Lent is, among other things, a time to consider the idea of discipline, which has as its root the idea of being a disciple, a learner. Many people take up Lenten disciplines” like doing an extra devotional or time of bible study, or practicing some kind of fast as a way to help focus on being a disciple. Lent itself comes from an Old English word meaning “spring.” And when you put spring and discipline together, you get the idea of spring cleaning, which may or may not have much theological application but is certainly something everybody is familiar with.
When we consider being learners from example, we are blessed to follow in the footsteps of people who were thinking of us long ago. They thought to include St. Paul’s in their wills, which is why we are blessed today to have an endowment fund. We use the proceeds of that fund in our budget every year. Ideally, we would cover our budget with our own giving, but as of right now we are unable to do that, which is what makes their foresight such a blessing to us.
How do we best discipline ourselves, meaning make disciples of ourselves, when we’ve been blessed by the example of such people? Well, first and foremost we ought to be grateful for the blessing. Secondly, we ought not take it for granted as though it were rightfully just a part of our budget, but should instead dedicate ourselves to the goal of having our offering dollars cover our budget so that the endowments funds can be used for things out-side our walls, blessing other people and other missions. But thirdly, we should consider quite simply following their example. If they thought of the future of the church, we who benefit from them should learn from them and do likewise.
Getting back to spring cleaning, have you considered tidying up some of the loose ends in life by making a will? Making out a will is one of those nagging things that everyone knows they really ought to do but many people simply never quite find the time for. I am an example of that myself. We made a will several years ago but it has been on our list to update it ever since Stephen was born.
I encourage you to get your house in order this spring by making or updating your will, and I encourage you to do what Heidi and I did—include the church as one of your children. In other words, in our case our estate will be divided by seven; six children and one church. (Although until I get my spring cleaning done i.e. get my will updated, it is still only five kids and the church is Faith Lutheran in Green Bay.) Please consider doing something similar. It is way to be a thankful recipient of gifts like our endowment, a disciplined learner from those who went before you and gave you those gifts, and a participant in the greatest spring cleaning of all, which is the cleansing of souls through the proclamation of the death and resurrection of Jesus Christ, which by God’s grace and the Spirit-created generosity of the stewards of his gifts, St. Paul’s will be doing until Christ comes again in glory.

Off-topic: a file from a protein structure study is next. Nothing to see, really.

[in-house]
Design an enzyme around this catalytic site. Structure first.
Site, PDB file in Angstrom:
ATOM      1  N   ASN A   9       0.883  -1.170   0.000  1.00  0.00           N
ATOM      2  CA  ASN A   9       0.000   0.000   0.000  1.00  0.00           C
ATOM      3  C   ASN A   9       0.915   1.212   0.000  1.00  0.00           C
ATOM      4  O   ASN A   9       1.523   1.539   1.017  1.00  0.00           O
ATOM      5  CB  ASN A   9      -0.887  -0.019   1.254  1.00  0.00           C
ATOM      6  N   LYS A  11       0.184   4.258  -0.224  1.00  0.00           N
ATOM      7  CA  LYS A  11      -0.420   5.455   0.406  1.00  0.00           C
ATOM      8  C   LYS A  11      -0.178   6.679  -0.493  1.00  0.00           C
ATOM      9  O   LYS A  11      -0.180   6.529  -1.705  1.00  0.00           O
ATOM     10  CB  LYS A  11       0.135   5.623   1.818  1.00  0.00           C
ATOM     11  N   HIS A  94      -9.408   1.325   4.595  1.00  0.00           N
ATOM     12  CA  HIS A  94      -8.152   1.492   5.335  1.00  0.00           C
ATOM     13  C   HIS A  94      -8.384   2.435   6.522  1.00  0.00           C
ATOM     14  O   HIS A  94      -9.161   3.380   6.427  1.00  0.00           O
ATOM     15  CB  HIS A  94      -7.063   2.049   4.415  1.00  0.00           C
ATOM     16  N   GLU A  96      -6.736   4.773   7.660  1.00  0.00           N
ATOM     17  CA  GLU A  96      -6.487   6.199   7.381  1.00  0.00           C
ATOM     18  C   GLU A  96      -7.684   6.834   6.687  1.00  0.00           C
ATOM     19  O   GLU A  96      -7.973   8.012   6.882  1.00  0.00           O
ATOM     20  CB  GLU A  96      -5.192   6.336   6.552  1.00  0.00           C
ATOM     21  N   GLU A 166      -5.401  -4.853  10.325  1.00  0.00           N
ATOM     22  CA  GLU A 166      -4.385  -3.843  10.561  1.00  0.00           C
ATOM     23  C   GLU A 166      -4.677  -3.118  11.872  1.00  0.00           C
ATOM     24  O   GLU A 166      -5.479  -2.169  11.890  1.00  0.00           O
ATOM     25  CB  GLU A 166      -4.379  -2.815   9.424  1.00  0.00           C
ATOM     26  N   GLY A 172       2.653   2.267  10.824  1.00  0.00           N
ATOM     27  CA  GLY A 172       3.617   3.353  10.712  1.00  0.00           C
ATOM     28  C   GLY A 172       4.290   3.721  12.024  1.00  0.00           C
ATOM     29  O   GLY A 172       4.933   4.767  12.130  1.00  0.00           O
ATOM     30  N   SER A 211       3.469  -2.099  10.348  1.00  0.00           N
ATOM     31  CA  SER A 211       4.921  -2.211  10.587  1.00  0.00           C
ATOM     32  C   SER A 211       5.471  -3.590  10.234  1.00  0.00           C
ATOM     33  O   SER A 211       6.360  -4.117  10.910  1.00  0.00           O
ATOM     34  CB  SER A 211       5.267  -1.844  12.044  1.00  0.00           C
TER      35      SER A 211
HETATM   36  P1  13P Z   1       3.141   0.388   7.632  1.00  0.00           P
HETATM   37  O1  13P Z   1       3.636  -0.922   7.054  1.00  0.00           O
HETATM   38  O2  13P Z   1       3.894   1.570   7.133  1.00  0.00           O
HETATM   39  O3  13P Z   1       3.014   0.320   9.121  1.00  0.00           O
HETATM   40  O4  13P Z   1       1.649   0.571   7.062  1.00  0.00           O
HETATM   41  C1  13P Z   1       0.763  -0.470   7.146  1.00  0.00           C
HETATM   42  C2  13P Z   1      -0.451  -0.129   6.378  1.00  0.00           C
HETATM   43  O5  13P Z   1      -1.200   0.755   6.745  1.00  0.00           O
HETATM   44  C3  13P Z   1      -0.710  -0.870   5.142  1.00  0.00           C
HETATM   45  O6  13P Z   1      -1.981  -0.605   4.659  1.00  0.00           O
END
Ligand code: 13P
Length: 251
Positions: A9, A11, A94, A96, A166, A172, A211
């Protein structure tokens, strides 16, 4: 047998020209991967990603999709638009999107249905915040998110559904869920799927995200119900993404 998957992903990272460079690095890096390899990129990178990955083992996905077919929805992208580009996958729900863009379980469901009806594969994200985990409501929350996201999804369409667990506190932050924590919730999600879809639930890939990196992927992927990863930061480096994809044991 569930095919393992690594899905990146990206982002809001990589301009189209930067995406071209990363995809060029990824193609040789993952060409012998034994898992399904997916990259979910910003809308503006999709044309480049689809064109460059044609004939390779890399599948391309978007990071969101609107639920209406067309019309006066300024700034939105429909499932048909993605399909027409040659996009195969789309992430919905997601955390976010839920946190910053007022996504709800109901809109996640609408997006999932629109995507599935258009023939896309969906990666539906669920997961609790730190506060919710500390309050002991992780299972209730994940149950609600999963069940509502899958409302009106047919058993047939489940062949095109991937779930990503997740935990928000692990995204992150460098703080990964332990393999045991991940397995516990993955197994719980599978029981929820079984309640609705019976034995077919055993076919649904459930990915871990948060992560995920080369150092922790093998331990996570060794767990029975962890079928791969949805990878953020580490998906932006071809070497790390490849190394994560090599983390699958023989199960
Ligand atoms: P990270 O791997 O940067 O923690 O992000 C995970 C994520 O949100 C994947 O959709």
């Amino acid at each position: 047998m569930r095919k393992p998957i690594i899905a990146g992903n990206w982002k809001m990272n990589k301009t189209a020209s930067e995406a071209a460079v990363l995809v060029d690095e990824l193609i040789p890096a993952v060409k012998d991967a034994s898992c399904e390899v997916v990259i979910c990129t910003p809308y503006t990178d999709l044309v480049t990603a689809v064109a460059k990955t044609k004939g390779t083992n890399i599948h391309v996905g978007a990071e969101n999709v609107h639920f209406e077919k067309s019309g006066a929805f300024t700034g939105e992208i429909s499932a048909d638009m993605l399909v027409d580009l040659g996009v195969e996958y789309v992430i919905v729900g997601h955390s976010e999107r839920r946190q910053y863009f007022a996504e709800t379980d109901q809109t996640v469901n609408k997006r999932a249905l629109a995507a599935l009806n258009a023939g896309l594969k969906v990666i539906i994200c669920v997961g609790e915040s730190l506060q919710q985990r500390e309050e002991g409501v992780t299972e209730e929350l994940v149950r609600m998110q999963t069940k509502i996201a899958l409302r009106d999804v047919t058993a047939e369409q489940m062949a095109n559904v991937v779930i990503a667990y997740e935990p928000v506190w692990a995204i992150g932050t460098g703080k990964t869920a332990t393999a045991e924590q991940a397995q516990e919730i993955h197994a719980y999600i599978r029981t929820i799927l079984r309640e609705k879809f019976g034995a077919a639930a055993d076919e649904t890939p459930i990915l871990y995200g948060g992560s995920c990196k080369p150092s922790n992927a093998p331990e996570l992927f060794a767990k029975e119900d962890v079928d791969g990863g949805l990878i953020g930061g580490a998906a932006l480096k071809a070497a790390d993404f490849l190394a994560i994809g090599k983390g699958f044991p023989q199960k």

It probably makes for bad theology to say that a picture is worth a thousand words. After all, Christ, the very center of Christianity, is called the Word. Spreading the Gospel is done via language. But on the other hand, Christians have always used art to express and teach aspects of the faith, and Jesus is also called the exact image of God.
Christianity has made much of sacred art, filling churches and public places with images of Christ and His followers engaged in the various events recorded in Scripture. Jews and Muslims do not have the equivalent of crucifixes or manger scenes. Things like our stained glass window depicting Jesus praying in the garden would never appear in a traditional mosque or synagogue. In Jerusalem there is a large, modern statue of King David playing the harp, but his nose and some fingers are missing. It was defaced not by Israel’s enemies, but by devout Jews who consider it a violation of God’s law to make such a graven image. And of course we all know from the news about the objections of Muslims to any depiction of their prophet. Those religions usually use symbols and designs rather than representational art. So even though Jews, Muslims, and Christians claim to be Abraham’s offspring, typically only Christians would paint a picture of Abraham.
Sure, there have been Christian groups called “Iconoclasts” who have rejected the use of images in churches. For example, many of the Swiss Reformers (the fathers of modern Protestantism) painted over sacred art in churches and smashed beautiful statues on the theory that they amounted to graven images forbidden by the Bible. But Lutherans and most Christians generally have never fallen for the error of Iconoclasm. Our churches historically have featured plenty of statues and paintings depicting the great people and events of the Bible and Christian history.
This Lenten season our midweek services will look at some great Christian art in order to better understand the classic themes of Lent, like temptation, sin, sacrifice, and atonement. Hopefully this series will help us connect those high theological concepts with our regular, concrete, flesh and blood lives in Munster in 2015. Please plan to attend.
Rev. Peter Speckhard, Senior Pastor at St. Paul's Ev. Lutheran Church, Munster, Indiana